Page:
The rest, he said, will come by the end of January.
Intel added on Monday that about two million vehicles from auto makers BMW, Nissan and Volkswagen will use technology from Mobileye to build high-definition maps throughout 2018.
During a keynote delivered during the Consumer Electronics Show 2018, Intel disclosed the progress it has made in the driverless vehicle space.
Intel Chief Executive Brian Krzanich said on Monday 2 million vehicles from BMW, Nissan and Volkswagen would use its unit Mobileye's technology to crowdsource data for building maps that enable autonomous driving. Broadcasts will be available in the USA using a soon-to-be released NBC Sports VR app. Intel will also use 5G during the Olympics Winter Games to show sports and entertainment experiences with VR and 360-degree video.
Krzanich began his keynote addressing a security glitch recently discovered in nearly every Intel processor chip made in the last decade.
Krzanich also added that the firm's autonomous vehicle efforts are being expanded into China following the inking of a partnership with SAIC Motor, a Chinese automaker.
Intel hasn't yet revealed other details, including how reliable the quantum chip is.
The rest of his speech focused on innovation and the not-so-distant future of data-driven technology.
Beyond autonomous cars, Krzanich also demonstrated the Volocopter, a fully electric, vertical takeoff and landing aircraft designed for passenger transport. Intel also shipped its first 49-qubit quantum computing test chip (Tangle Lake) to research partner QuTech. Cavium said it aimed to rival the performance of Intel chips for applications like databases and the content-delivery networks that help speed things like how fast online videos load.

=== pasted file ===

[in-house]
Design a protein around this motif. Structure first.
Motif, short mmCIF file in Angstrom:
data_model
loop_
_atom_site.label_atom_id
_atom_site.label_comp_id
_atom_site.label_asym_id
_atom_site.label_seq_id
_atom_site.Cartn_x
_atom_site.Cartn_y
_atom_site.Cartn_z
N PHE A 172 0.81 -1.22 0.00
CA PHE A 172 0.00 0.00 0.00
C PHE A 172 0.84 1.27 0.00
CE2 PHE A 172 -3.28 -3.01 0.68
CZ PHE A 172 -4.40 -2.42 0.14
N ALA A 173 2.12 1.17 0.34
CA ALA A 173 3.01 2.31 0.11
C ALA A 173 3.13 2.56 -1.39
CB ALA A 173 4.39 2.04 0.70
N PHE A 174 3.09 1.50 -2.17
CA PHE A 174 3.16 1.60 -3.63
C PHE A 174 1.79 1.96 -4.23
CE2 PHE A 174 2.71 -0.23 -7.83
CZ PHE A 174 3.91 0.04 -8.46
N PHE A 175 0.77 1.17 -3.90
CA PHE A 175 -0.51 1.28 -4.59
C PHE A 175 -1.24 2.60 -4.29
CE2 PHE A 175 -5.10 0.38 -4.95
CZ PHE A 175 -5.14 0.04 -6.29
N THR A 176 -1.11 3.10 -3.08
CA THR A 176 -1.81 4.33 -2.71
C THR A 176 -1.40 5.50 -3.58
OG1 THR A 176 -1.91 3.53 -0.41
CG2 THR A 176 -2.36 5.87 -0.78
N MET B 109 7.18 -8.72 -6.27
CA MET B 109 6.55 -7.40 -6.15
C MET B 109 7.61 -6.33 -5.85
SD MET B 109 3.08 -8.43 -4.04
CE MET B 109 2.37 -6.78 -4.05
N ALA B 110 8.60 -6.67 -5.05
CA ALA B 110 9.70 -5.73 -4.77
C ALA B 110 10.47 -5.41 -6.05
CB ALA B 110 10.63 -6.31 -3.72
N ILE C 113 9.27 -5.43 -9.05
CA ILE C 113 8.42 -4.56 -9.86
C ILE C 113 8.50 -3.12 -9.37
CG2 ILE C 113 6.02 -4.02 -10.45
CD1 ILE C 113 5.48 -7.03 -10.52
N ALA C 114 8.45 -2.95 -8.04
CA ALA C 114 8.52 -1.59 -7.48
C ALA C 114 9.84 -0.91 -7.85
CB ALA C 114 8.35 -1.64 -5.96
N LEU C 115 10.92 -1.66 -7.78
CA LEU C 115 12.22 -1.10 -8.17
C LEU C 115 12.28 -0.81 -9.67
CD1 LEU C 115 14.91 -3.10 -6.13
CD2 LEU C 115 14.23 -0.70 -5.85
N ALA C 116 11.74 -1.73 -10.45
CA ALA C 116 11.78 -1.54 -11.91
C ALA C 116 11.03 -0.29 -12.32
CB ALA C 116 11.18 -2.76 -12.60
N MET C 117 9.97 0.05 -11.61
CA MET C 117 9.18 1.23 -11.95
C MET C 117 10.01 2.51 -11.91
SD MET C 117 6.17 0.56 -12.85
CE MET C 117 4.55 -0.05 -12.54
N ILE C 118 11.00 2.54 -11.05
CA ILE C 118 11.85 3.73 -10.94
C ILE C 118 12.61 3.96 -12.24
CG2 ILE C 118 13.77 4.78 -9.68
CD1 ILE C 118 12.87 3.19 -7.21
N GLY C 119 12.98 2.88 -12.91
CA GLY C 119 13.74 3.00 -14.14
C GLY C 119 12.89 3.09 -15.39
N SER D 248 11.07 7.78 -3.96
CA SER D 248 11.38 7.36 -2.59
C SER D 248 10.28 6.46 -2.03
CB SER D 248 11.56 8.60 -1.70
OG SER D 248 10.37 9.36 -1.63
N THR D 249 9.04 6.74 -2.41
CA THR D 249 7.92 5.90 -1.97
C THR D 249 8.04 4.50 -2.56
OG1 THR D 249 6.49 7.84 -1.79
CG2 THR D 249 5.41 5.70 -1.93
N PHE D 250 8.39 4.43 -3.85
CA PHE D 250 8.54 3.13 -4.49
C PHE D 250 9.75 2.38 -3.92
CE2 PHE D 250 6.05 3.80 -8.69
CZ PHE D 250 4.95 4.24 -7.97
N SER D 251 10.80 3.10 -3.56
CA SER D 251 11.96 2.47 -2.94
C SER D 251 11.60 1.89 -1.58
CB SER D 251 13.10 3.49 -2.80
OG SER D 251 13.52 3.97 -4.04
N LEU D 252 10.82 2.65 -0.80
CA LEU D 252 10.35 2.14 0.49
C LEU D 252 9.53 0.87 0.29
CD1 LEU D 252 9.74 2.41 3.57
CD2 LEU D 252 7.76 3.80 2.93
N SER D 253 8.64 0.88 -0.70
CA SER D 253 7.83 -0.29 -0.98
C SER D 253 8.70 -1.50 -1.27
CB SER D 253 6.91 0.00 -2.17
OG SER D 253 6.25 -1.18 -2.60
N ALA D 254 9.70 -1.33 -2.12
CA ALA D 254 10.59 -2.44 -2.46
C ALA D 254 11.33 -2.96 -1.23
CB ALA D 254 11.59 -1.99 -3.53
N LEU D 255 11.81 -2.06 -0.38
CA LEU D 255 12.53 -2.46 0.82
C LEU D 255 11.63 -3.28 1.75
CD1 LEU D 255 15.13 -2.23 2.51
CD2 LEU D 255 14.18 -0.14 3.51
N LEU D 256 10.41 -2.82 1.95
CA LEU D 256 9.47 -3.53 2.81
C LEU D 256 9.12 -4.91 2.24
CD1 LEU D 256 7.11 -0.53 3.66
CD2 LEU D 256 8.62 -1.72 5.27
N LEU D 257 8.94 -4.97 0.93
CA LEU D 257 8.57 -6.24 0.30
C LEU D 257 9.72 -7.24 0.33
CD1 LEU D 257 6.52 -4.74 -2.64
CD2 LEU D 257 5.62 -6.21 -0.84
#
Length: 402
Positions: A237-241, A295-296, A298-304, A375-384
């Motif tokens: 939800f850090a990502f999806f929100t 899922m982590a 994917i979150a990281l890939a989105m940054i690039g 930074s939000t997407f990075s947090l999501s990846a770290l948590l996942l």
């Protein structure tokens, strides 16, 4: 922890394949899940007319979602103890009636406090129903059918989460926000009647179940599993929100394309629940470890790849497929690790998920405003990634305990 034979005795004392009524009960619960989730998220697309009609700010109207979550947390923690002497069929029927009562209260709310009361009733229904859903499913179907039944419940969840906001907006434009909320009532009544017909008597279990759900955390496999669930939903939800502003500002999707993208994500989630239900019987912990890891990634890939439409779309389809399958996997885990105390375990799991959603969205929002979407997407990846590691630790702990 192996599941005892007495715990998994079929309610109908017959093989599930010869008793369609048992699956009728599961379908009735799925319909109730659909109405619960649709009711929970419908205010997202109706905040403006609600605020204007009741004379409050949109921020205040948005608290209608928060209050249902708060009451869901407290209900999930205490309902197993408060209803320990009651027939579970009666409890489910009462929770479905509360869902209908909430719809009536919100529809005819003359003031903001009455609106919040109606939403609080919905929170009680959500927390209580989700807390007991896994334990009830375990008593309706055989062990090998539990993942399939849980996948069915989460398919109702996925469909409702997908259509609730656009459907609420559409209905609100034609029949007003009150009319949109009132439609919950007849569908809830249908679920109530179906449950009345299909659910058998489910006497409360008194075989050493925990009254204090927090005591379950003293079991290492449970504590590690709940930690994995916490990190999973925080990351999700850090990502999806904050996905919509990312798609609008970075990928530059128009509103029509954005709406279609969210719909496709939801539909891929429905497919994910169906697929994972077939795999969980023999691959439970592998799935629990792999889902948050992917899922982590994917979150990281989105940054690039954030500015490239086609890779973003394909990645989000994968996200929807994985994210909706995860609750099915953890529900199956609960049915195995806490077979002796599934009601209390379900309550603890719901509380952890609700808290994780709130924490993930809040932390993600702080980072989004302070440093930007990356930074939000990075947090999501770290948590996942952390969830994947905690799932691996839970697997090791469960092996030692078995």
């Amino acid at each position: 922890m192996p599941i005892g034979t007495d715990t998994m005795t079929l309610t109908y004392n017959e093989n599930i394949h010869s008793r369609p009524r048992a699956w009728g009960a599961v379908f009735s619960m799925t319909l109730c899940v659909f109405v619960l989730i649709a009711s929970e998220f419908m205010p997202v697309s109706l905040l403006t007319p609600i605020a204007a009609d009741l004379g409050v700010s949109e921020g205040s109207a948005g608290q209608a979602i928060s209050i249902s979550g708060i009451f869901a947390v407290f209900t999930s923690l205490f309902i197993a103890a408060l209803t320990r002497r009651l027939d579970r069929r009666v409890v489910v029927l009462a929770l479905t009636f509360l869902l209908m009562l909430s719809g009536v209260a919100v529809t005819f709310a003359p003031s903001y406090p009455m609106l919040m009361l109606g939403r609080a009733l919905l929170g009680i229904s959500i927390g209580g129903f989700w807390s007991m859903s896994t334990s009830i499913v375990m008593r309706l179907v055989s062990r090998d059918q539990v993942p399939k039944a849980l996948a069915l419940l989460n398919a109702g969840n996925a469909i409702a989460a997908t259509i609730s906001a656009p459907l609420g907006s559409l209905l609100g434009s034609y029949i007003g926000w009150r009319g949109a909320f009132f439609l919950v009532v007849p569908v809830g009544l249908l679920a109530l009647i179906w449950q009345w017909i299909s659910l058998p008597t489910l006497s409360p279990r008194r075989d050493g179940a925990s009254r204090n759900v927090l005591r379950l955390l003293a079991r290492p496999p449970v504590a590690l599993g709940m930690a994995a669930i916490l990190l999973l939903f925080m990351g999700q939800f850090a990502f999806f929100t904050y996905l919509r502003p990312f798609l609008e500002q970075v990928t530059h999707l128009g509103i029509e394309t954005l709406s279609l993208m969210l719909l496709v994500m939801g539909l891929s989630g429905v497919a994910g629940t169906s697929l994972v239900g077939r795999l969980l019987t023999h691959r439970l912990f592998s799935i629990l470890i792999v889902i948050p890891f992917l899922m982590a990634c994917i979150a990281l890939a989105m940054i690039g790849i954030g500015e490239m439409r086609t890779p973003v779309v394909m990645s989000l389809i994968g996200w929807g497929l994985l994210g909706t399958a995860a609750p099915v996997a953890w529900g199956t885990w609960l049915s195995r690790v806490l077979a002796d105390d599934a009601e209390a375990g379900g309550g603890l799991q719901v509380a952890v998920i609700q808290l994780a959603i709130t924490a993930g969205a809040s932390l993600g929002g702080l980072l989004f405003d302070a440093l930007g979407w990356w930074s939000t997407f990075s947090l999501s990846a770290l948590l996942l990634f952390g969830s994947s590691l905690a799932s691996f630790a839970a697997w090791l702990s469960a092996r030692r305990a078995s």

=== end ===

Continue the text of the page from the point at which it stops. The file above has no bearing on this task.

"It is critical that we continue to work with the industry, to excel at customer satisfaction, to act with uncompromising integrity, and to achieve the highest standards of excellence", Krzanich told employees in the memo which was obtained by The Oregonian/OregonLive.
Among some of the experiences Intel will offer at the CES are VR.
In his keynote, Krzanich predicted that quantum computing will solve problems that today might take our best supercomputers months or years to resolve, such as drug development, financial modeling and climate forecasting.
German startup e-volo's Volocopter uses the same flight technology that Intel's Falcon 8+ drone does, Krzanich said, bringing e-volo's CEO Florian Reuter on stage.